News Stories

April 22, 2017

BY DENNIS ROMERO

You subscribe to a magazine or join a gym for a special rate and months later realize you're paying a lot more for renewals. And those fees keep hitting your bank account while you try to figure out how to make it stop.

"This is the kind of classic, everyday scam that drives people nuts because we've all had this experience," says Richard Holober, executive director of the Consumer Federation of California.

April 19, 2017

Heard on All Things Considered

By MEGAN KAMERICK

Every day in this country students come to school without a way to pay for lunch. Right now it's up to the school to decide what happens next.

Since new legislation out of New Mexico on so-called lunch shaming made headlines, we've heard a lot about how schools react.

April 11, 2017

SACRAMENTO (KPIX 5) — A bill moving through California’s legislature takes aim at a practice often called “food shaming,” when school children are treated differently when their parents or guardians fail to pay meal fees.

April 10, 2017

BY THE EDITORIAL BOARD

On any given day in California, tens of thousands of people sit in county jail not because of a criminal conviction, but because they can’t afford to leave.

Such is the travesty of justice that is the cash bail system. At $50,000, the state’s median bail amount is out of reach for most defendants, who tend to be poor or working class.

April 5, 2017

There’s a new bill in California that would throw out how the bail system works. Critics of the system say that it punishes poor people for being poor. Some 46,000 people are behind bars in California, awaiting trial or sentencing. Many of those people are stuck in jail because they can’t afford bail. We speak with Democratic State Senator Robert Hertzberg, who introduced the bill.

LISTEN HERE

EDITORIAL

April 3, 2017

California’s justice system has an inequality problem that is so obvious, so glaring, that a wide-ranging coalition of legal advocates — from civil liberties organizations to the California chief justice — have come together to change it.

It’s the bail system.

The idea behind the cash bail system was that a defendant awaiting trial who had given the court a large sum of his or her money would be less likely to skip town.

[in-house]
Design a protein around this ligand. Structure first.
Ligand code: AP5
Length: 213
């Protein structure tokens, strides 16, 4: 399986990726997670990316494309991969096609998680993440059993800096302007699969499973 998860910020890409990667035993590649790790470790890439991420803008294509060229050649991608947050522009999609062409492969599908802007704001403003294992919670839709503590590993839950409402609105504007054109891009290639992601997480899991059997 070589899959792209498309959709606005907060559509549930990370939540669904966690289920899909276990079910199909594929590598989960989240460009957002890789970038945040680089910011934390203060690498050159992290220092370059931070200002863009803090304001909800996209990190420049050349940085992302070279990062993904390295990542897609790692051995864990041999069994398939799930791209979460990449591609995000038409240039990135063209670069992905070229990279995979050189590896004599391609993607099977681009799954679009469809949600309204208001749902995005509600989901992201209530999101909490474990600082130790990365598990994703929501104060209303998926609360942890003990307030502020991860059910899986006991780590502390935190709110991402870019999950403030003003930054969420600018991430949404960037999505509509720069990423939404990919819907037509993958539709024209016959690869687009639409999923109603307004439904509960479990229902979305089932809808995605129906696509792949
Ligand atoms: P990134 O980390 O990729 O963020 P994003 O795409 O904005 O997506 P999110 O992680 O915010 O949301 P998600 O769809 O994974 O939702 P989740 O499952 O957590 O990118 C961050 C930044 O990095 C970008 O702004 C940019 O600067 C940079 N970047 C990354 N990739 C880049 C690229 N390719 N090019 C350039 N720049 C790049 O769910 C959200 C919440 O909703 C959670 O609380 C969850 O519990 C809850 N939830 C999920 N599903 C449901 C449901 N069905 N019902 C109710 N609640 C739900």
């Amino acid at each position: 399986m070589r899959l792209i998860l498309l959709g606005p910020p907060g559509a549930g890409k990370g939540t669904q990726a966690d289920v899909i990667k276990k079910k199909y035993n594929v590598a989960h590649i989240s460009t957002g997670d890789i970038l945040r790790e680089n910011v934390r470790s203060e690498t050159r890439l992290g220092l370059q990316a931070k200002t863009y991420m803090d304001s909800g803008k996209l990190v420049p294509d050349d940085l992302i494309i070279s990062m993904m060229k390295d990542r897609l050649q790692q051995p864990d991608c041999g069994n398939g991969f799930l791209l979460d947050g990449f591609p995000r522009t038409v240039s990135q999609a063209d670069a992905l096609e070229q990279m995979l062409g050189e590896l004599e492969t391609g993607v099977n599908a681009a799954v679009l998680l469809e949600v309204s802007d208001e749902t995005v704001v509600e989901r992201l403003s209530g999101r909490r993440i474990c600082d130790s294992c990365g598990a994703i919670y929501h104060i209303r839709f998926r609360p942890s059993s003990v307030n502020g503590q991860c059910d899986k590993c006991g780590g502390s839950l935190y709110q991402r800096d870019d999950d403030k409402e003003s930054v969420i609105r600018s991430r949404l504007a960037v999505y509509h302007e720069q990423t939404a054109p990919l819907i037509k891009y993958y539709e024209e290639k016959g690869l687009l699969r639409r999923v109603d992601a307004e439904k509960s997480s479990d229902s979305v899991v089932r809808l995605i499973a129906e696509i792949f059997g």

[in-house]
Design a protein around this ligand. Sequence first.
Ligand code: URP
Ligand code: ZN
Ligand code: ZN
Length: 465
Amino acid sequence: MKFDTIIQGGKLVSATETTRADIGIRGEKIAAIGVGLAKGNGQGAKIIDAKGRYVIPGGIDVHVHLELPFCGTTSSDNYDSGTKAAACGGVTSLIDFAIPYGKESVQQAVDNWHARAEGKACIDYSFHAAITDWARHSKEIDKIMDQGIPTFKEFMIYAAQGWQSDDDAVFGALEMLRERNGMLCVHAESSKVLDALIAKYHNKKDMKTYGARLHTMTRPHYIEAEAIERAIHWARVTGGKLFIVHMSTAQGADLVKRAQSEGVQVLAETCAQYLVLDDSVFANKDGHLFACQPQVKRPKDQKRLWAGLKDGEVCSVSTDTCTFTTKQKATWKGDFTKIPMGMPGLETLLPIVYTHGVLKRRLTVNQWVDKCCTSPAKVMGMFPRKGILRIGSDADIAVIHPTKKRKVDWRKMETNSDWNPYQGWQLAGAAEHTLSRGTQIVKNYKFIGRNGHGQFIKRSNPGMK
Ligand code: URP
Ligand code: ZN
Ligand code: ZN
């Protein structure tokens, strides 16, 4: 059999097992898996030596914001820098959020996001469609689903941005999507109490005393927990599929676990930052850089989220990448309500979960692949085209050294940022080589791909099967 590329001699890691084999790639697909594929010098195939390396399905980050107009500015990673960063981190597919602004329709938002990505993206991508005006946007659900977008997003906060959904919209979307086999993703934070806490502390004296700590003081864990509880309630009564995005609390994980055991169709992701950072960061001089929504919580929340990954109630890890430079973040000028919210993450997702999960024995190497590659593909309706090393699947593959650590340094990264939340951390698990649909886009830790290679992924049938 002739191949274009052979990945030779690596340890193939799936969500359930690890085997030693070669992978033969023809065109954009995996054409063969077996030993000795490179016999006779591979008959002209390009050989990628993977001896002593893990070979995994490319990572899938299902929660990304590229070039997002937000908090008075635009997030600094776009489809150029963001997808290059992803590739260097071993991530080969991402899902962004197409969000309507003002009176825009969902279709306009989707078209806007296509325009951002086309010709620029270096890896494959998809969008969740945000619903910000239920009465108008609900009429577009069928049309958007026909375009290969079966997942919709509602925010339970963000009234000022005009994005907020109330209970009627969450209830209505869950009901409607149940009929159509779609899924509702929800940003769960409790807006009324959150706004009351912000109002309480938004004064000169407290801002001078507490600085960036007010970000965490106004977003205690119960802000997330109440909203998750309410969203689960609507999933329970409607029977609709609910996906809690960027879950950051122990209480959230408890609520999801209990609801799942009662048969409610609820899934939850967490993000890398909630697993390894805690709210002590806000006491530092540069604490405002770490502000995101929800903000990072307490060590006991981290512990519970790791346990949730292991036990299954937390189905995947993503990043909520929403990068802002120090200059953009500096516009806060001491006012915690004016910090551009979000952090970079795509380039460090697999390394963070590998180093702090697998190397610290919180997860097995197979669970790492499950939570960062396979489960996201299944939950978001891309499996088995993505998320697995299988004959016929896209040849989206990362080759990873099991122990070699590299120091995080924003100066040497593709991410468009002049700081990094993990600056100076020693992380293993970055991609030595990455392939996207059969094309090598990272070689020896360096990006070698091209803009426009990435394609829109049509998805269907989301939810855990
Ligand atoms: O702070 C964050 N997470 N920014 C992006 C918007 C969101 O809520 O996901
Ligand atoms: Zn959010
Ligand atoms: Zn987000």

March 27, 2017

By Marisa Lagos

All California counties would have to offer an alternative to cash bail under details of a bill that two Democratic lawmakers are revealing Monday.

The proposal, first announced by Assemblyman Rob Bonta and Senator Bob Hertzberg in December, is sure to set up a big legislative fight in the Capitol. In interviews with KQED News, both lawmakers said they are aiming to make the criminal justice system more effective and fair by ensuring that jails aren’t packed with people awaiting trial who simply couldn’t afford to post bail.

March 26, 2017

By Jazmine Ulloa

State lawmakers have unveiled an ambitious plan to reform how counties in California set bail for defendants while they wait for their cases to be resolved or go to trial.

New language added Friday to bills by Assemblyman Rob Bonta (D-Oakland) and Sen. Bob Hertzberg (D-Van Nuys) would prevent criminal defendants from having to post money as a condition of release from jail and would shift some power from judges to pretrial services agencies to assess the risks they would pose if allowed out in the community.

February 7, 2017

By LISA W. FODERARO

PATERSON, N.J. — Jamie Contrano squirmed at the defendant’s table inside the Passaic County Court House here. She had been charged with possessing four envelopes of heroin, and, having failed to show up for more than a dozen court appearances over the years, she was a perfect candidate for a high bail — and a lengthy jail stay.

It's time for the government to do something about it

January 16, 2017

CAPITOL JOURNAL

By George Skelton

It’s a recurring nightmare: You get busted, perhaps for drunk driving and causing an injury accident, or maybe on a bum rap. You’re jailed and can’t make bail.

You’re shoved behind bars with a scummy cellmate. You can’t go to work. Bills go unpaid. And you don’t have any mobility to plan your defense.

You’re locked up solely because you don’t have enough money to arrange bail.

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